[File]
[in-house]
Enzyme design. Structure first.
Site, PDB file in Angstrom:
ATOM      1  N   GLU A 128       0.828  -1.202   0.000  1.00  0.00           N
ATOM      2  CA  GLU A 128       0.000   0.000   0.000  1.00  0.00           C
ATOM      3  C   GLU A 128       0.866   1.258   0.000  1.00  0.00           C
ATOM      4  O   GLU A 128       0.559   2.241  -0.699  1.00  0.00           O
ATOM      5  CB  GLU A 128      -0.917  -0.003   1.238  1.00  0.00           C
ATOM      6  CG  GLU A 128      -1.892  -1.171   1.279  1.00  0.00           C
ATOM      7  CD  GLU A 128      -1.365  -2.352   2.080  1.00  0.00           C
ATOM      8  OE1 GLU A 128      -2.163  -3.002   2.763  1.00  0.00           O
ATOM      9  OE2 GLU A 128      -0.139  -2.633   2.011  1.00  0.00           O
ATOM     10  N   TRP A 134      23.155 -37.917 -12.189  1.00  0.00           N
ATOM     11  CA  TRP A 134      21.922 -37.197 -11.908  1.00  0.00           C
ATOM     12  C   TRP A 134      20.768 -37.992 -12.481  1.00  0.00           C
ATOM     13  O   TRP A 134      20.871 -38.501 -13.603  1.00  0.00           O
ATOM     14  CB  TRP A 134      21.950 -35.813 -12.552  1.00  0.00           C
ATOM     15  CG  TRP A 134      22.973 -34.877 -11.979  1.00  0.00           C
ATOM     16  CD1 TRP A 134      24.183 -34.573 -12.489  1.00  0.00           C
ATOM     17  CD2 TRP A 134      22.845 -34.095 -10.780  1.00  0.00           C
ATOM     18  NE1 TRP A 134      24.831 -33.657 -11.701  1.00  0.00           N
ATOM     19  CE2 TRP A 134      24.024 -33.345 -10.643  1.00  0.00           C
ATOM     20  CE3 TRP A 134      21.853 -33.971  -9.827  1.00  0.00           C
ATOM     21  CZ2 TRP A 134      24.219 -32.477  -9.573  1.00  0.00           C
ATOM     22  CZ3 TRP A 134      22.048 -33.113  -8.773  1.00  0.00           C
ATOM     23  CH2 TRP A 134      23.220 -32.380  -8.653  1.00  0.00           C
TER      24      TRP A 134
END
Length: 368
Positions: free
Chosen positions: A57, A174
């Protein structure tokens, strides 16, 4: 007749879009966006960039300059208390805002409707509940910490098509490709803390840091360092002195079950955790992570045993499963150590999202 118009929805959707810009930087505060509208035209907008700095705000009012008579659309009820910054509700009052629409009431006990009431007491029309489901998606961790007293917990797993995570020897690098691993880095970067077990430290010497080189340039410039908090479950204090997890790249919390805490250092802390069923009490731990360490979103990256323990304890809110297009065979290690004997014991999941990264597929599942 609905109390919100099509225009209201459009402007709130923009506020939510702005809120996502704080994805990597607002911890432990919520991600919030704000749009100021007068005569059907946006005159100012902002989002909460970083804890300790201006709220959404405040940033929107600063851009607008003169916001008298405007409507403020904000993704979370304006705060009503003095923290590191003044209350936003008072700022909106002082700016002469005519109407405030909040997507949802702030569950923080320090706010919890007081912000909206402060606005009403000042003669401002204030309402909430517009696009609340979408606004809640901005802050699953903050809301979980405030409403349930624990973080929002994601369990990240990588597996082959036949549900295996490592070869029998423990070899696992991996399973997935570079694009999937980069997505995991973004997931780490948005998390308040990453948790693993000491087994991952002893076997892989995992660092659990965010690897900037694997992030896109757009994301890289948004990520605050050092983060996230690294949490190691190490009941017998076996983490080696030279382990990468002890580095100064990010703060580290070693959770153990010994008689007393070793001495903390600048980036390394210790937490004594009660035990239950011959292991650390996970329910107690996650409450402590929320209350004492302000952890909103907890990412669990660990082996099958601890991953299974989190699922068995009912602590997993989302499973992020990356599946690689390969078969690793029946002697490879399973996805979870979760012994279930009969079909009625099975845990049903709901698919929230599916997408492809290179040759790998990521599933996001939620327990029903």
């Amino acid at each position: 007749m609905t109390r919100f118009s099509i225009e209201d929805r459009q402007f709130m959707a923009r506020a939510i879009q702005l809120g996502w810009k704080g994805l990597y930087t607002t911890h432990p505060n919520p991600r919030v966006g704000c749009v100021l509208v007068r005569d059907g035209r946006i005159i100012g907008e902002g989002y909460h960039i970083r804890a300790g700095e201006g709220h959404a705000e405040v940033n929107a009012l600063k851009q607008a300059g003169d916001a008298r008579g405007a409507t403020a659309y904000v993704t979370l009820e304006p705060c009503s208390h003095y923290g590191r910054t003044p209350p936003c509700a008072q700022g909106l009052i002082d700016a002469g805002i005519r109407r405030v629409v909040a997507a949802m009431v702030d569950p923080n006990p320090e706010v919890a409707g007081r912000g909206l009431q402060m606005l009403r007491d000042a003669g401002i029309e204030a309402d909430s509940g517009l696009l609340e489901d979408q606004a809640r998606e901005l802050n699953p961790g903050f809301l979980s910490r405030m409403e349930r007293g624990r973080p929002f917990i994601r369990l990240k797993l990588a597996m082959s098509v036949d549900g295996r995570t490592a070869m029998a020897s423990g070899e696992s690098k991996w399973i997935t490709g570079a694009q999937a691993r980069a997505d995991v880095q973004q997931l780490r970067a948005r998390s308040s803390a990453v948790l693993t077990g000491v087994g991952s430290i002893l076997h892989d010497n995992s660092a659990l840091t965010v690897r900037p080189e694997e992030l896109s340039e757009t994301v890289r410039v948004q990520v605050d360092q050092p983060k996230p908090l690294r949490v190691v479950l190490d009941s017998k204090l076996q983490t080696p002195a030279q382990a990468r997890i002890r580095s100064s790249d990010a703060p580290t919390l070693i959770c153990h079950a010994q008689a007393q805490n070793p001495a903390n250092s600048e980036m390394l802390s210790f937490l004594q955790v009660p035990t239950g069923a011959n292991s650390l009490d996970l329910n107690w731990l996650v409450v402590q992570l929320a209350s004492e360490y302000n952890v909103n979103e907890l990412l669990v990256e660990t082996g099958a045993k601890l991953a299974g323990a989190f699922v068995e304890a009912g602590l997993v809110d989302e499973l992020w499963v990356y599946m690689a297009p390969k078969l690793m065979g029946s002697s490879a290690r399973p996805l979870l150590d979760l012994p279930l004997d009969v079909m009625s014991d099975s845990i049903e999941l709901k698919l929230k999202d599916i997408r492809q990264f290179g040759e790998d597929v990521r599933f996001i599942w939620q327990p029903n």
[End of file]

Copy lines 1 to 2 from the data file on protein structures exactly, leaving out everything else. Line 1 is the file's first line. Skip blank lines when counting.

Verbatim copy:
[in-house]
Enzyme design. Structure first.